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RE: LOCK NULL reserves what?

From: Yaron Goland (Exchange) <yarong@Exchange.Microsoft.com>
Date: Tue, 21 Sep 1999 12:07:25 -0700
Message-ID: <078292D50C98D2118D090008C7E9C6A603C96653@STAY.platinum.corp.microsoft.com>
To: "'ccjason@us.ibm.com'" <ccjason@us.ibm.com>, "Yaron Goland (Exchange)" <yarong@Exchange.Microsoft.com>
Cc: w3c-dist-auth@w3.org
To quote from section 7.5:

   A write lock on a collection, whether created by a "Depth: 0" or
   "Depth: infinity" lock request, prevents the addition or removal of
   member URIs of the collection by non-lock owners.  

Hence if a/b is WRITE locked then a singleton WRITE lock on a/ will fail
because the WRITE lock on a/b, as specified in section 7.1, reserves the
write for DELETE.

In other words:

1. a/b is WRITE locked and thus has exclusive use of DELETE
2. The depth: 0 WRITE lock on a/ reserves the write to DELETE on a/ and its
immediate children.
3. Since a/b is WRITE locked the WRITE lock depth:0 request on a/ MUST fail.


> -----Original Message-----
> From: ccjason@us.ibm.com [mailto:ccjason@us.ibm.com]
> Sent: Thursday, August 19, 1999 4:47 PM
> To: Yaron Goland (Exchange)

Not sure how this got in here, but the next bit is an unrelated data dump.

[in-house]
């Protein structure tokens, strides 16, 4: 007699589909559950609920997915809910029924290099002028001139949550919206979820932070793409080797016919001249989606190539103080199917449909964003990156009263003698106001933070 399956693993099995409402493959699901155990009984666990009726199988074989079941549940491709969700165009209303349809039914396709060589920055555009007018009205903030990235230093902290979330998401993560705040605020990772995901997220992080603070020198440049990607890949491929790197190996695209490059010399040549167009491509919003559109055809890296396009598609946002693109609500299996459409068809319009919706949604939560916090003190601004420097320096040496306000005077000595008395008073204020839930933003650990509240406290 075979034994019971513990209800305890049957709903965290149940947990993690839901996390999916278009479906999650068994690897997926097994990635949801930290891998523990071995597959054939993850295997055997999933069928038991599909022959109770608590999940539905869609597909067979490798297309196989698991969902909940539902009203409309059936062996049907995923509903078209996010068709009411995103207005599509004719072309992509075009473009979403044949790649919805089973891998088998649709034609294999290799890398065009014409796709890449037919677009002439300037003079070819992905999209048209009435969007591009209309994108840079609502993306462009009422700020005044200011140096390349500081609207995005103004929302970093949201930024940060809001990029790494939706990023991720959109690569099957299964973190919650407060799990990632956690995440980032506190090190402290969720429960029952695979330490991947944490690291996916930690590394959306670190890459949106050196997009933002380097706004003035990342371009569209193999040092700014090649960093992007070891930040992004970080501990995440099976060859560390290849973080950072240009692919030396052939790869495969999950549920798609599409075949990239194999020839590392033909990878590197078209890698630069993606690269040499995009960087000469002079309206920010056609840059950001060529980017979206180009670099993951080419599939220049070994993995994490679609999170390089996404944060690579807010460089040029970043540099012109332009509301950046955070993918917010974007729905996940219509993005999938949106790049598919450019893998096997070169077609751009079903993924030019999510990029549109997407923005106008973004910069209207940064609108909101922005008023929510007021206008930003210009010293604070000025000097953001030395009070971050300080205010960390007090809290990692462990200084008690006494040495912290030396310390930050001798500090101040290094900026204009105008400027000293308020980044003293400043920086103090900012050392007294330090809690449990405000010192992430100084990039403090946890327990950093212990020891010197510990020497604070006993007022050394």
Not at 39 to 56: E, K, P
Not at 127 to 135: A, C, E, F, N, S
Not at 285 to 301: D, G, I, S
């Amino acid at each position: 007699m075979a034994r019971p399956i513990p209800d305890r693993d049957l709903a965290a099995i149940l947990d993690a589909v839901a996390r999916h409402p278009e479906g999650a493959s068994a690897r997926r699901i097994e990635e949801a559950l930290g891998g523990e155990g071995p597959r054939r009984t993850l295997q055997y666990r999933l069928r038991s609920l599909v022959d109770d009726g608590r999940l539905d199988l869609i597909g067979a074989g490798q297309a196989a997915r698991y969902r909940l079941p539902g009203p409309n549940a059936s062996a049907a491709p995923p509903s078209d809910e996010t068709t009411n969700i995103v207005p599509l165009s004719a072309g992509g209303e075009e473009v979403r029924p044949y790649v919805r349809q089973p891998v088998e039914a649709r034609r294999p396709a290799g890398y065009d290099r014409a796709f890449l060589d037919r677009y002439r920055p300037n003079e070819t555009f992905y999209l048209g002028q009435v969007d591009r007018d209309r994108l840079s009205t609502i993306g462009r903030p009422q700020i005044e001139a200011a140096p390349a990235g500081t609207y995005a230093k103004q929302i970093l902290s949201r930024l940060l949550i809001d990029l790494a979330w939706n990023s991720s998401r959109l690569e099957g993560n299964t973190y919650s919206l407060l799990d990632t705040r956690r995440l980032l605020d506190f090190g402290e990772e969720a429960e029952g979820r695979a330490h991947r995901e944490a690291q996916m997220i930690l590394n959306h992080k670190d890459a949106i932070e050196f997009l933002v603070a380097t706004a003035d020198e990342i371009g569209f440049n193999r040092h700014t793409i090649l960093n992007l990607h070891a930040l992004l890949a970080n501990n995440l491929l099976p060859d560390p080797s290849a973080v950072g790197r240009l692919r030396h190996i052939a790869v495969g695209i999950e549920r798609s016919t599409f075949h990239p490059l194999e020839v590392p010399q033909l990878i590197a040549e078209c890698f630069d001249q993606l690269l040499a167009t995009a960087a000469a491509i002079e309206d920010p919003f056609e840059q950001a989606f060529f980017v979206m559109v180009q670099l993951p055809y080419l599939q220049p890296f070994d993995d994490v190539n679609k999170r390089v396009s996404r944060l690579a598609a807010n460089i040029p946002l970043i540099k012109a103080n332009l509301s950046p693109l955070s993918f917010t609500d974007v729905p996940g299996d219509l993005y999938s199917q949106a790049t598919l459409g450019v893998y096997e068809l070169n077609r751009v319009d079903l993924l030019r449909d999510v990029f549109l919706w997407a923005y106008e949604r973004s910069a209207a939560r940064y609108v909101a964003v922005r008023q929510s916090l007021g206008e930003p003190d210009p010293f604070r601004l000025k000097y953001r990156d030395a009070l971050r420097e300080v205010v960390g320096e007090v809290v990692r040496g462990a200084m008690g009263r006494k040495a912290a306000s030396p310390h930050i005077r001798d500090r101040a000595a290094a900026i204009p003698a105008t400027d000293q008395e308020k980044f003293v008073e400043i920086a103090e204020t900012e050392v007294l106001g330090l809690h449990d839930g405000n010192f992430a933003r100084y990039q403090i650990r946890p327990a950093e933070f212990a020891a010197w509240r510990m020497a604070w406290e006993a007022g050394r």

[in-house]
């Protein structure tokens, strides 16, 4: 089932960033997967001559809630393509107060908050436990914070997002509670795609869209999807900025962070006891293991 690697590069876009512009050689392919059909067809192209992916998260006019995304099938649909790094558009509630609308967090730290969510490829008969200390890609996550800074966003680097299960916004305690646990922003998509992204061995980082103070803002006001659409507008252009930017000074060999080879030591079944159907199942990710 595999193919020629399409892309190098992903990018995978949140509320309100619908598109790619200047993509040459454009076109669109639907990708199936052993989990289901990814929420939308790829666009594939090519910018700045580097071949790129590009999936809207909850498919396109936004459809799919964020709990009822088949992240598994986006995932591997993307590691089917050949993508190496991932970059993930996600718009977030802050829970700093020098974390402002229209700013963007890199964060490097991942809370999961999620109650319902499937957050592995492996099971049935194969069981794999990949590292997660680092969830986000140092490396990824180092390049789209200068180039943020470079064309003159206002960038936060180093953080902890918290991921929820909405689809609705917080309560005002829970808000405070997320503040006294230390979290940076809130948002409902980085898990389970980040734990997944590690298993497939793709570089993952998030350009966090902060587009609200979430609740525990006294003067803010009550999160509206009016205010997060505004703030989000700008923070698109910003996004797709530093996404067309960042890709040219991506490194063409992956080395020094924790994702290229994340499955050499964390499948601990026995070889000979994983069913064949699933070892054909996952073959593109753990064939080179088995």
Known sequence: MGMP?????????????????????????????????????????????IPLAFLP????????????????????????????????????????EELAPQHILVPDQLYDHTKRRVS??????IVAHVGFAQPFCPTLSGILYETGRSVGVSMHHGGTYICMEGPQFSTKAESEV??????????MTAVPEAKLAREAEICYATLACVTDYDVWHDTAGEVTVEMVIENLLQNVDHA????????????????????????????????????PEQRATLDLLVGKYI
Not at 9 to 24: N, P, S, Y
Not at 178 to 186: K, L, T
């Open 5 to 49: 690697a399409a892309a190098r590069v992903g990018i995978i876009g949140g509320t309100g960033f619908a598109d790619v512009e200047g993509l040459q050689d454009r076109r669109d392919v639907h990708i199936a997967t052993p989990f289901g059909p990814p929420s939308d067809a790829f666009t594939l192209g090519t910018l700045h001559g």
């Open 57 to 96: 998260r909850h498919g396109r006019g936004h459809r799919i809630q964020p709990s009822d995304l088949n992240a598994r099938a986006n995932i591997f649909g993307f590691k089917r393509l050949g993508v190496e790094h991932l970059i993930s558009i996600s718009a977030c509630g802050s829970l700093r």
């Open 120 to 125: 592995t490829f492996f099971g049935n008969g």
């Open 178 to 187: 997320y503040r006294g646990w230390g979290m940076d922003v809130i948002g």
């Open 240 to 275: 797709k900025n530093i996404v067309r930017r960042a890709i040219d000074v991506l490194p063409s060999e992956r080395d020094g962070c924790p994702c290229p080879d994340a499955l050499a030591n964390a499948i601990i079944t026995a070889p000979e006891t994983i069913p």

> Cc: w3c-dist-auth@w3.org
> Subject: RE: LOCK NULL reserves what?
> >>
> Step 1 - User A successfully take out an exclusive write lock 
> on a/b, which
> is a lock null resource.
> Step 2 - User B tries to take out an exclusive write lock, 
> depth = infinity
> on a/. The write lock will fail because a/b is already locked.
> >>
> Perhaps I should have been clearer.  What if step two is a 
> singleton, not a
> depth lock request.  Can User A do a BIND/MOVE/and other operations
> that we usually think of as modifying the state of /a/?
> I'm asking for the original design philosophy and the what 
> we'd actually
> like to see now.  Two questions.
> It does beg a second question.  Reverse the order of the 
> steps.  Can the
> lock null resource be created if the parent is locked?   I 
> think the answer
> to this is easier. :-)
Received on Tuesday, 21 September 1999 15:07:42 UTC

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